So when I got to the car, got in, told HUSBAND that indeed, the missing box had been in THE OTHER ROOM and I’d found it and delivered it safely to THE DIFFERENT ROOM…and nothing…just a blank stare my way…no apology or even a “wow…wish I’d remembered”…the conversation went something like this…

Me: Why didn’t you mention there was THE OTHER ROOM and that you’d put a box in there?

HUSBAND: I don’t know.

Me: Didn’t you think it was important? That it might be the missing box?

HUSBAND: Not really.

Me: Not really? Come on, HUSBAND. We just drove around for three hours and I’ve been in a panic thinking I’d majorly screwed up, and you had the answer the whole time!

HUSBAND: It’s your fault; you’re the one who told me to carry the boxes up there.

When we got to the site earlier that day, I noted an open door and while I was getting out the list, etc, had said something like “Why don’t you look for SITE MANAGER (who he knew) and ask him where to take the awards. He’d taken a box with him to look for SITE MANAGER, going through the open door into THE OTHER ROOM and set down the box. He saw the site manager on the way back who told him to go into THE DIFFERENT ROOM. I didn’t see any of that as I was getting all the documentation together, etc)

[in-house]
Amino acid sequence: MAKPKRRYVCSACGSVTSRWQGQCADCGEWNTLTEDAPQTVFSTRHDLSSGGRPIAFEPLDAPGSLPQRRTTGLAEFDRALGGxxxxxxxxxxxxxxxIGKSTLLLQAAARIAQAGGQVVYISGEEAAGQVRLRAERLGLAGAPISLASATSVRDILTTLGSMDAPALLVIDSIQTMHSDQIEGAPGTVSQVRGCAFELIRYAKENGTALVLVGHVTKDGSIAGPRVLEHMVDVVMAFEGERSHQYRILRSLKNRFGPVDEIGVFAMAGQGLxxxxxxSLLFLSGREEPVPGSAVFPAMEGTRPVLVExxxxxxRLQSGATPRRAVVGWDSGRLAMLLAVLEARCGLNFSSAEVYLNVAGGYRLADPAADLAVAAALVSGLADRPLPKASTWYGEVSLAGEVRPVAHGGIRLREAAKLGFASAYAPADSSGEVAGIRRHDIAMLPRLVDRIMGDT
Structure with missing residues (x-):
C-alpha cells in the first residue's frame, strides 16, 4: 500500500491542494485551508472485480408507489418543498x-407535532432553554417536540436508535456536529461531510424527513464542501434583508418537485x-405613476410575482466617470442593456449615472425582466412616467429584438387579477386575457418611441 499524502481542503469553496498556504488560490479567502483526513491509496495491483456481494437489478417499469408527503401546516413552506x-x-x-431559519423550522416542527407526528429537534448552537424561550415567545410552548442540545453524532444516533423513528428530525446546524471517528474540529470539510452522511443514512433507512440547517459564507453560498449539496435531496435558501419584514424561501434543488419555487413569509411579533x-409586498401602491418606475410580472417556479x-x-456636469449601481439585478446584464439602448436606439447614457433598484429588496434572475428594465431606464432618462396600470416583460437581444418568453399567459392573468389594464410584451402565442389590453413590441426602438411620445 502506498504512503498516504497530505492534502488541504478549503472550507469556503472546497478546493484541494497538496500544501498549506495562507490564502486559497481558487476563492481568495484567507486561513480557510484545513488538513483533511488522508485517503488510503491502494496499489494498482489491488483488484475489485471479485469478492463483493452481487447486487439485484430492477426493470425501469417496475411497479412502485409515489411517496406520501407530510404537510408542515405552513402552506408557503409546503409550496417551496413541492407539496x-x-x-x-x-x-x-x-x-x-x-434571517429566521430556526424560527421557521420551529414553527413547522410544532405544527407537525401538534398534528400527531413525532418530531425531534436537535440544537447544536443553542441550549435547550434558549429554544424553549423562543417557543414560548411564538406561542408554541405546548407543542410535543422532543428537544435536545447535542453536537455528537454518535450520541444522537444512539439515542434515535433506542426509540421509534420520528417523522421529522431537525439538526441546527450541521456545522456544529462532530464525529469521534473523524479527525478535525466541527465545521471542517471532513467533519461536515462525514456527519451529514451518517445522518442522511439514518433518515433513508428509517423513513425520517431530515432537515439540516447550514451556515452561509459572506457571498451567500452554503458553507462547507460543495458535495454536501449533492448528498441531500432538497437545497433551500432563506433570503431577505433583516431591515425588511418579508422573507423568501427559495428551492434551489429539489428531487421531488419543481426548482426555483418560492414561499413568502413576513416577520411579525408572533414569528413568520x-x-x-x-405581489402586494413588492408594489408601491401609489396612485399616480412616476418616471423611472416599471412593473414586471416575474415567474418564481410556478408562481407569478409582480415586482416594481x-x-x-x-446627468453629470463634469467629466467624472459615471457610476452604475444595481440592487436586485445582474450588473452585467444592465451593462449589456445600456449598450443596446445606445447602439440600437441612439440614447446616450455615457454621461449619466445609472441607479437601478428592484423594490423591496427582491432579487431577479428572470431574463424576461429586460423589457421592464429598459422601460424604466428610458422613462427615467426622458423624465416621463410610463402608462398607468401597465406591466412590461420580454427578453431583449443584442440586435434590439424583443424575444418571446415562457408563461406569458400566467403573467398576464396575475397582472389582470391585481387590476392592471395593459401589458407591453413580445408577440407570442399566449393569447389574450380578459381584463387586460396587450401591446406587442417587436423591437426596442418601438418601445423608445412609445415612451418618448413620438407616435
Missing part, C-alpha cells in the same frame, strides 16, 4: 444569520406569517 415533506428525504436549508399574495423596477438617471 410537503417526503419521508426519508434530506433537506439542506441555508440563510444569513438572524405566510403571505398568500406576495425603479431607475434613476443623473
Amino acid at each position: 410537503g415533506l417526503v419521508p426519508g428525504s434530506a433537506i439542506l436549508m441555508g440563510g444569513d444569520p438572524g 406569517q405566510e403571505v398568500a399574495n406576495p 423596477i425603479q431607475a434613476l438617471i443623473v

Me: Are you seriously saying it was my fault that you took a box into THE OTHER ROOM and left it there after being told about THE DIFFERENT ROOM?

HUSBAND: Yes.

Me: In seriously, the loudest, most desperate, most god-awful voice that has ever been uttered out of my chest, borne of complete desperation and exhaustion and frustration and shock at how he could turn this into something that was my fault) – I didn’t even know THE OTHER ROOM EXISTED! YOU ARE BLAMING ME WHEN I DIDN’T KNOW YOU PUT A BOX IN A ROOM AND SET IT DOWN AND THEN EVERYTHING ELSE WAS TAKEN INTO THE DIFFERENT ROOM AND I HELPED SET UP THE AWARDS WHILE YOU SAT ON THE COUCH AND PLAYED ON YOUR PHONE AND YOU CAN TWIST THIS INTO MY FAULT? OMG!!! YOU MAKE ME CRAZY!!!! TAKE ME HOME, TAKE ME HOME NOW!!!